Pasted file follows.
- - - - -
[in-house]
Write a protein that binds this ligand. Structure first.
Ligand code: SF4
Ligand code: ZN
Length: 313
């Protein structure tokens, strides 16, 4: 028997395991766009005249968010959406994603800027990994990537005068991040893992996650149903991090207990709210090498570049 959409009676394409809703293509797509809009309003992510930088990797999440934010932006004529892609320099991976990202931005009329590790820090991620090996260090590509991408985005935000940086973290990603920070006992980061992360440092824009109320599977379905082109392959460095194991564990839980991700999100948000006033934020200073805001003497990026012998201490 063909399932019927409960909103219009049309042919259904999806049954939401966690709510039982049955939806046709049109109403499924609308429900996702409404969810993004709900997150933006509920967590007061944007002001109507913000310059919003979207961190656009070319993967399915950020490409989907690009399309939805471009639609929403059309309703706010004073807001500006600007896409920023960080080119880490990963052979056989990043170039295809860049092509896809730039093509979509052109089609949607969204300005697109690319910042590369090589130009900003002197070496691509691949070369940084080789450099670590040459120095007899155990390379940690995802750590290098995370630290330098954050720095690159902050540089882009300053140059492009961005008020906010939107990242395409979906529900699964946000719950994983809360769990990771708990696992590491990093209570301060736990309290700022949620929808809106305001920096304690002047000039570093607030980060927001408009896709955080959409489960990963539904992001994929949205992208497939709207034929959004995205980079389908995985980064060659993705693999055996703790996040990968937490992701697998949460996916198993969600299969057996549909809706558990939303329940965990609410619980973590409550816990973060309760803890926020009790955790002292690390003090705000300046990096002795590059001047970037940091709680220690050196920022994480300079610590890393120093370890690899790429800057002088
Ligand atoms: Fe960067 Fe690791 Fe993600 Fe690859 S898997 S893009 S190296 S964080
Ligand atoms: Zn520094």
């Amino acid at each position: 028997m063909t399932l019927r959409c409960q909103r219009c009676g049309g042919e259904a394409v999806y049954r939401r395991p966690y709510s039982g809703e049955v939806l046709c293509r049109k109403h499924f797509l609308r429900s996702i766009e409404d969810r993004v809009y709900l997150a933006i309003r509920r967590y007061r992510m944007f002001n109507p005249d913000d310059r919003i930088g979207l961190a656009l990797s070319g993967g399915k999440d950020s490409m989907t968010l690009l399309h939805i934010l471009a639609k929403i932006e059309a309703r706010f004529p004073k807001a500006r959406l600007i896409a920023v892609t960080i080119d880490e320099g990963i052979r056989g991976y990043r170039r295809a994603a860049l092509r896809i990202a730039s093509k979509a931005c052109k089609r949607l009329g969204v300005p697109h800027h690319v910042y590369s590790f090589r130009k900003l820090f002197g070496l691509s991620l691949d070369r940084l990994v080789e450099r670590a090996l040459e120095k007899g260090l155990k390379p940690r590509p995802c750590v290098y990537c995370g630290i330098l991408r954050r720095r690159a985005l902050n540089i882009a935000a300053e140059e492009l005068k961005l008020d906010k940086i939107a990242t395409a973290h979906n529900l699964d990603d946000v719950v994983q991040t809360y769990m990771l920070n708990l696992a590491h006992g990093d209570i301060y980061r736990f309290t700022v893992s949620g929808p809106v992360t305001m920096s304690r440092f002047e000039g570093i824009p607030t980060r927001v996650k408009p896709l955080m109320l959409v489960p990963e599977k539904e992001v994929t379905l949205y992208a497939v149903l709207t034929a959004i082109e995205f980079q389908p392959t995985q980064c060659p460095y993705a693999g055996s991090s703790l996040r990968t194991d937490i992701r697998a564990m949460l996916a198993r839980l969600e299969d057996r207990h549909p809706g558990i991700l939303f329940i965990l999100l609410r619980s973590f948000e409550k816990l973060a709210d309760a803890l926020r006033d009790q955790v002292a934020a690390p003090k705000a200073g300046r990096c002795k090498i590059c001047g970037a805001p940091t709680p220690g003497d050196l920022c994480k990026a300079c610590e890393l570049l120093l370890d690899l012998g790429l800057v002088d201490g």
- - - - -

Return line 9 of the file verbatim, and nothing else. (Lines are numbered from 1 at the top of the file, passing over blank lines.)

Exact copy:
């Amino acid at each position: 028997m063909t399932l019927r959409c409960q909103r219009c009676g049309g042919e259904a394409v999806y049954r939401r395991p966690y709510s039982g809703e049955v939806l046709c293509r049109k109403h499924f797509l609308r429900s996702i766009e409404d969810r993004v809009y709900l997150a933006i309003r509920r967590y007061r992510m944007f002001n109507p005249d913000d310059r919003i930088g979207l961190a656009l990797s070319g993967g399915k999440d950020s490409m989907t968010l690009l399309h939805i934010l471009a639609k929403i932006e059309a309703r706010f004529p004073k807001a500006r959406l600007i896409a920023v892609t960080i080119d880490e320099g990963i052979r056989g991976y990043r170039r295809a994603a860049l092509r896809i990202a730039s093509k979509a931005c052109k089609r949607l009329g969204v300005p697109h800027h690319v910042y590369s590790f090589r130009k900003l820090f002197g070496l691509s991620l691949d070369r940084l990994v080789e450099r670590a090996l040459e120095k007899g260090l155990k390379p940690r590509p995802c750590v290098y990537c995370g630290i330098l991408r954050r720095r690159a985005l902050n540089i882009a935000a300053e140059e492009l005068k961005l008020d906010k940086i939107a990242t395409a973290h979906n529900l699964d990603d946000v719950v994983q991040t809360y769990m990771l920070n708990l696992a590491h006992g990093d209570i301060y980061r736990f309290t700022v893992s949620g929808p809106v992360t305001m920096s304690r440092f002047e000039g570093i824009p607030t980060r927001v996650k408009p896709l955080m109320l959409v489960p990963e599977k539904e992001v994929t379905l949205y992208a497939v149903l709207t034929a959004i082109e995205f980079q389908p392959t995985q980064c060659p460095y993705a693999g055996s991090s703790l996040r990968t194991d937490i992701r697998a564990m949460l996916a198993r839980l969600e299969d057996r207990h549909p809706g558990i991700l939303f329940i965990l999100l609410r619980s973590f948000e409550k816990l973060a709210d309760a803890l926020r006033d009790q955790v002292a934020a690390p003090k705000a200073g300046r990096c002795k090498i590059c001047g970037a805001p940091t709680p220690g003497d050196l920022c994480k990026a300079c610590e890393l570049l120093l370890d690899l012998g790429l800057v002088d201490g």